Turkish lira extends record low after U.S. sanctions
Turkey’s lira extended a record low on Thursday after the United States imposed sanctions on two Turkish ministers for their role in the arrest and detention of a U.S. pastor.
The lira dropped to as low as 5.09 per dollar and traded down 1.2 percent at 5.05 at 2:07 p.m. in Istanbul, taking losses this year to 27 percent. It had fallen more than 1.7 percent yesterday to 5.01 per dollar before recovering slightly to close at 4.99.
The currency's slide followed an announcement by the U.S. Treasury Department that it will be sanctioning Turkey's Minister of Justice Abdülhamit Gül and Minister of Interior Süleyman Soylu. The two officials played "leading roles" in the arrest and detention of 50-year-old Pastor Andrew Brunson, who stands accused of aiding Turkey’s July 2016 military coup. They will be prohibited from travelling to the United States and have their assets frozen there.
The Turkish lira is the second-worst performing currency this year after Venezuela’s bolivar. The currency has already fallen amid political tensions between President Recep Tayyip Erdoğan and the United States and due to Erdogan’s unorthodox economic policies.
On Wednesday, just before the announcement of sanctions, Erdoğan had slammed the United States for adoping an “evangelist, Zionist mentality” in its treatment of Turkey. His words were possibly the last straw for Trump and other U.S. policymakers.
And Turkey's central bank has exacerbated problems for the currency in the face of sanctions by failing to hike rates last month, in what was its first meeting since Erdoğan was re-elected on June 24 with enhanced powers over the economy and politics.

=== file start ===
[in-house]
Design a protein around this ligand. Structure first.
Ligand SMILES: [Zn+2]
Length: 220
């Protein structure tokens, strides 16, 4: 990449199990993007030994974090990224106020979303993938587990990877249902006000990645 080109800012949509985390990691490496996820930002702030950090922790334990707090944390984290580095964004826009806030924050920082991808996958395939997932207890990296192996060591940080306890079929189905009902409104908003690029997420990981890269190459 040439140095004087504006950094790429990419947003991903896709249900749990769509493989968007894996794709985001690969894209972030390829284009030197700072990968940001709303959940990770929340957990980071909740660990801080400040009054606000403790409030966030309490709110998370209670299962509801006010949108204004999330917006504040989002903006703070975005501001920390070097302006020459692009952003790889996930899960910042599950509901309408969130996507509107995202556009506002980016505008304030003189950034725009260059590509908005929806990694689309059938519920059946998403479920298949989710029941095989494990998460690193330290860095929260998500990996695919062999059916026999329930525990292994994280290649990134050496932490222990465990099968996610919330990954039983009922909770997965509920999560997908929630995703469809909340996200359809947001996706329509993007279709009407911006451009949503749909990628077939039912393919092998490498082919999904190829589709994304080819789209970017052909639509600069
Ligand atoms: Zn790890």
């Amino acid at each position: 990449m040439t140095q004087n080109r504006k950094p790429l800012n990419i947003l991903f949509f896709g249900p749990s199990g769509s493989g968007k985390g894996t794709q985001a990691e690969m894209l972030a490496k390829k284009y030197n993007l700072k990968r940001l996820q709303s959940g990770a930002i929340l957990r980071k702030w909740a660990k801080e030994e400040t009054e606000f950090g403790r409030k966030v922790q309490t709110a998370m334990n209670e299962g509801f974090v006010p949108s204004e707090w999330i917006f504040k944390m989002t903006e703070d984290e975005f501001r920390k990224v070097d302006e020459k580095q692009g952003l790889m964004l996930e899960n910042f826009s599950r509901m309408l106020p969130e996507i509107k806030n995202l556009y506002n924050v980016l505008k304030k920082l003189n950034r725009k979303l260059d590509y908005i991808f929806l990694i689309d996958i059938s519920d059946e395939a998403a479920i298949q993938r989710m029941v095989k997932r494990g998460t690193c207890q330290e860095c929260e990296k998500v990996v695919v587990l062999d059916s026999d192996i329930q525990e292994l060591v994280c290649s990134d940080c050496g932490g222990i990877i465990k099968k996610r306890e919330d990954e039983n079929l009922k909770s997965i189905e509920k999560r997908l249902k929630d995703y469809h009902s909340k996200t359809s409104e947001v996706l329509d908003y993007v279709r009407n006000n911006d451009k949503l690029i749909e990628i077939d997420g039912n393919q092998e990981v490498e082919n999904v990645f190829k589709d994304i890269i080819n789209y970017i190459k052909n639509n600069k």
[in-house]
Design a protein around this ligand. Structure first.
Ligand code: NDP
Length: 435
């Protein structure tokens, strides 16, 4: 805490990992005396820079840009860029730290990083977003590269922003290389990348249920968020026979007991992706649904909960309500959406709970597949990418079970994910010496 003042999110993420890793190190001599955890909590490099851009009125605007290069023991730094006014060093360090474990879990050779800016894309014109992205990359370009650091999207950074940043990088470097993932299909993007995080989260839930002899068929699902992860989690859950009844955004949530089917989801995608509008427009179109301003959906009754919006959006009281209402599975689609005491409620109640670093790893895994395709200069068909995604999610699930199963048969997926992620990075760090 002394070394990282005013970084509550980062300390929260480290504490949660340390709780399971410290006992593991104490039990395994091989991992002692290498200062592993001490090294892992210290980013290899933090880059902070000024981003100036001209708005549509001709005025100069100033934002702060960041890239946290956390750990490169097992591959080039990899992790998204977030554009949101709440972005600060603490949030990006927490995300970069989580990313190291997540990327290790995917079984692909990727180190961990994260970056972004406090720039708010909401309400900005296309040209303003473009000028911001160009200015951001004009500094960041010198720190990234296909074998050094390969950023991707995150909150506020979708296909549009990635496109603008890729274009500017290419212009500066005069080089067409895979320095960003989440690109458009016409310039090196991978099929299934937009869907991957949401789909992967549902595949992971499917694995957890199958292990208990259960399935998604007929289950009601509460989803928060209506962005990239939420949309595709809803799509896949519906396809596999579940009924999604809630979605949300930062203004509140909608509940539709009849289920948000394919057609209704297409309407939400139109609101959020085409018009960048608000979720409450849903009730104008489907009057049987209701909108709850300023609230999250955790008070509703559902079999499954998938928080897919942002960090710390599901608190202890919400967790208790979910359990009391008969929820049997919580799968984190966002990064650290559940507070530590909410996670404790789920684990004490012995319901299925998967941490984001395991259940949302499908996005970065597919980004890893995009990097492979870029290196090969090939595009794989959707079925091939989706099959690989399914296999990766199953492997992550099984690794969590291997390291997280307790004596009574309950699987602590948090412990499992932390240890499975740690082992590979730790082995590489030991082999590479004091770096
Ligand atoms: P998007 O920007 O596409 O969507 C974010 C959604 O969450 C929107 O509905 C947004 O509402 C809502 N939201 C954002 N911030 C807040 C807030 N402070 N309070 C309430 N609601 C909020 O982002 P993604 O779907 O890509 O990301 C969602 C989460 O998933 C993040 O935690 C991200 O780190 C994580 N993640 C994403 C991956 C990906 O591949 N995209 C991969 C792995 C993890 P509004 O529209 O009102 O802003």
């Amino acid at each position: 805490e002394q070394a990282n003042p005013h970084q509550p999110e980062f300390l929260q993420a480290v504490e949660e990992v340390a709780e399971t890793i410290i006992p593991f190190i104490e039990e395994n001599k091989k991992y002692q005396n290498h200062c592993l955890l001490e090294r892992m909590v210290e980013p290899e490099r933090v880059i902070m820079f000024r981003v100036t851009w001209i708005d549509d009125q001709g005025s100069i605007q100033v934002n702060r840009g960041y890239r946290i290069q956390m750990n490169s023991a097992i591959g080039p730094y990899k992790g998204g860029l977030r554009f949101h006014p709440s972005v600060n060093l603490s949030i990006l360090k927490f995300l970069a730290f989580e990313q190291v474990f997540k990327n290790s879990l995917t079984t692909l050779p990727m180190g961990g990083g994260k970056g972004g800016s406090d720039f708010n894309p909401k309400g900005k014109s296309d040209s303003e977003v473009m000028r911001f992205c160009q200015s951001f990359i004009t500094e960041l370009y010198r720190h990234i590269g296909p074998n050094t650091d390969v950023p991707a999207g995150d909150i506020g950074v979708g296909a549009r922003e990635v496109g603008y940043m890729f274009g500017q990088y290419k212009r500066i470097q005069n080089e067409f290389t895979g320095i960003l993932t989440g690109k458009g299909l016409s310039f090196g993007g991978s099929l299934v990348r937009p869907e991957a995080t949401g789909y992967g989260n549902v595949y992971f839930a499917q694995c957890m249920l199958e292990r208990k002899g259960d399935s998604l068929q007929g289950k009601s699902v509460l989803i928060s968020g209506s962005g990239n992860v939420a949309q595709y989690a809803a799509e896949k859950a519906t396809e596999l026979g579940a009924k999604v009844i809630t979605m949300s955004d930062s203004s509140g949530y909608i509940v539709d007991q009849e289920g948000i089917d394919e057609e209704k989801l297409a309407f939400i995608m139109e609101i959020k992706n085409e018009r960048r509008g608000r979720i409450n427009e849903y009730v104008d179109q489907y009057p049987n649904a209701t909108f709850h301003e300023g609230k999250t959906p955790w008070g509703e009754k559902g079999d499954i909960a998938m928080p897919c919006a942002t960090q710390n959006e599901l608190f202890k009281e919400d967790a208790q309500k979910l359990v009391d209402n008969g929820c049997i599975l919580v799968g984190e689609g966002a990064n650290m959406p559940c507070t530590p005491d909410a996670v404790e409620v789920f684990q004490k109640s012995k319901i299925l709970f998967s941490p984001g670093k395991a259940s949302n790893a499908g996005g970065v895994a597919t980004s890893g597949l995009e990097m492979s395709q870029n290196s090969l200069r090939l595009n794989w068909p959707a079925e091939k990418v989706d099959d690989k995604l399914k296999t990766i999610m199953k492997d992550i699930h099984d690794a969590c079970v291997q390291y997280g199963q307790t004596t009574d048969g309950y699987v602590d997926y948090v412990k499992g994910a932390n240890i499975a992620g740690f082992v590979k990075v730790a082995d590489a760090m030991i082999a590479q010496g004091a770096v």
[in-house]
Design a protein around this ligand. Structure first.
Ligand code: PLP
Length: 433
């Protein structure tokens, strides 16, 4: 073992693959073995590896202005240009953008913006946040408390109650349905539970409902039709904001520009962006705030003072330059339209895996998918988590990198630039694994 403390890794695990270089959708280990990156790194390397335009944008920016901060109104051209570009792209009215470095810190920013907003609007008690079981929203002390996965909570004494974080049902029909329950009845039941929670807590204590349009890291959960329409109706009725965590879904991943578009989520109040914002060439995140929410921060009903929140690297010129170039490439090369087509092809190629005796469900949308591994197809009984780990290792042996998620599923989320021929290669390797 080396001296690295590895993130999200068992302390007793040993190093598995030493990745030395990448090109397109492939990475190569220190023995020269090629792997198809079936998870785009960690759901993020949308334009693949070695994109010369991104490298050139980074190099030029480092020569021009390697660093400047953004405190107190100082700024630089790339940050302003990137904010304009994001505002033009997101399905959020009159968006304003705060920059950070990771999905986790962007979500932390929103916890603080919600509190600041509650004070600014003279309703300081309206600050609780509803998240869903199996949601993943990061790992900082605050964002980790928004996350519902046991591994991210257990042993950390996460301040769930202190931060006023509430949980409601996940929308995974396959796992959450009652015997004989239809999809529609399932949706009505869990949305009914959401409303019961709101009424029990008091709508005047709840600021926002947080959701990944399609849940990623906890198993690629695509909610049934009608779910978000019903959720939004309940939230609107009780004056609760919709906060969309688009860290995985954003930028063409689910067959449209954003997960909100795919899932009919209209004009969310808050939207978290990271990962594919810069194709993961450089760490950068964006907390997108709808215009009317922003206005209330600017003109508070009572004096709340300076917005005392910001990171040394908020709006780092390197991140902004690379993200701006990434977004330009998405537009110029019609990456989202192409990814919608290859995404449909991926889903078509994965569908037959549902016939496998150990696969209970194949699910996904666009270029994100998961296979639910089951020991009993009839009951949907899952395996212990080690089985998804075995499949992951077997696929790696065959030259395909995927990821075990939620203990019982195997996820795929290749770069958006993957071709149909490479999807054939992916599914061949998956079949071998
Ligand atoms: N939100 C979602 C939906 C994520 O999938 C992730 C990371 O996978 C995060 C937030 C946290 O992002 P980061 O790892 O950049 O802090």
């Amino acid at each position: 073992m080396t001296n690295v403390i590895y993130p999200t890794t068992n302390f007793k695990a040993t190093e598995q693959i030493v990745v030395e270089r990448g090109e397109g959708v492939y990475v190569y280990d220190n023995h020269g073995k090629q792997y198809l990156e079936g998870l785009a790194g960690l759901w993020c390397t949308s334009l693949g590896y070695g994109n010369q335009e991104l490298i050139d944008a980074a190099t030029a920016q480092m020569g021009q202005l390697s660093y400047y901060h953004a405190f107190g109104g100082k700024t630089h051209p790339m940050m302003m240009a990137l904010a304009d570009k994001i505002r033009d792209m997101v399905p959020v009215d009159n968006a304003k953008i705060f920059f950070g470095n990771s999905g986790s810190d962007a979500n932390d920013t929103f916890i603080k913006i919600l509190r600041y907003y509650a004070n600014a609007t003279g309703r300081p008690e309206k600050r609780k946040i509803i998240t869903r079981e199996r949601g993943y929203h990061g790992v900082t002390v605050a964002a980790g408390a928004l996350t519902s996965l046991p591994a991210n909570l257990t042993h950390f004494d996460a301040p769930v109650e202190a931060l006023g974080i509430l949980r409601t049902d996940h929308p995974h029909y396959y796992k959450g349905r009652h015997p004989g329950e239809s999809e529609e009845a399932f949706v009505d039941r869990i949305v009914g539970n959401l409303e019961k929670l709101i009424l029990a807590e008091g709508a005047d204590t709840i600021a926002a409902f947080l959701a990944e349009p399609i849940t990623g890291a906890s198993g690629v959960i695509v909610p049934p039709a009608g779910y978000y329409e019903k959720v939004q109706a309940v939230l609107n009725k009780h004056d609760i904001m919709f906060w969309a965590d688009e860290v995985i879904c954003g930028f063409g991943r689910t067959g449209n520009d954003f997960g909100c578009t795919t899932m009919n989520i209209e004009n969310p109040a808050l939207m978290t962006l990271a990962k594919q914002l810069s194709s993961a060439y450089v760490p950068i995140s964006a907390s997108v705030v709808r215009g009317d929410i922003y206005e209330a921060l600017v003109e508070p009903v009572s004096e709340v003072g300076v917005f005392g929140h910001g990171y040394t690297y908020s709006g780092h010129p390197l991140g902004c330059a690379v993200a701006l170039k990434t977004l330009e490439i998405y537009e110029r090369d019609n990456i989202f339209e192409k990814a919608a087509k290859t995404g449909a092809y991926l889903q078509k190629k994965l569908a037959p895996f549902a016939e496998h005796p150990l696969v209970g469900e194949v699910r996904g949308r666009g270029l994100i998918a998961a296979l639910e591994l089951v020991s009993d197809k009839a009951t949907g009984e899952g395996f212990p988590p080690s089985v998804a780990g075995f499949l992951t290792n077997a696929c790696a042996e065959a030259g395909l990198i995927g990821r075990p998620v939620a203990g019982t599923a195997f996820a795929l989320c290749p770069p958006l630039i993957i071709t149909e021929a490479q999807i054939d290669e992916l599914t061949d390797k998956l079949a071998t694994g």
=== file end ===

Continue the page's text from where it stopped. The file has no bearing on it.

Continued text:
The credibility of Turkish monetary policymakers has now hit rock bottom, said Tim Ash, senior emerging markets strategist at Blue Bay Asset Management in London.
"The central bank needs to think long and hard about its rate decision," Ash said. "U.S. sanctions hurt but the impact would have been moderated if the bank had done the right thing last time."
The central bank had acted blatedly in May as the lira hit record lows, raising rates in an emergency meeting. It has increased its benchmark by a total of 500 basis points this year to 17.75 percent in three hikes.
The U.S. sanctions will only add to the impression among investors that Turkey is out of sync with the normal behaviour expected of an emerging market economy. Erdoğan has also created that impression by maintaining that higher interest rates are inflationary and by slamming his western allies and Israel as he sought to wield more influence in the Middle East, Balkans and Africa.
The central bank's decision to keep rates on hold last month has made Turkey "the pariah of emerging markets", said Brad Bechtel, global head of foreign exchange at U.S. investment bank Jefferies, according to the Financial Times.
The central bank made its decision despite inflation accelerating to 15.4 percent in June. Data for July, due on Friday, is expected to show the rate increasing to more than 16 percent. Friday will also see Erdoğan reveal his government's new economic program. A report in Hurriyet newspaper on Thursday said Erdoğan plans new incentives for consumers and businesses, as well as measures to address inflation and the lira's weakness.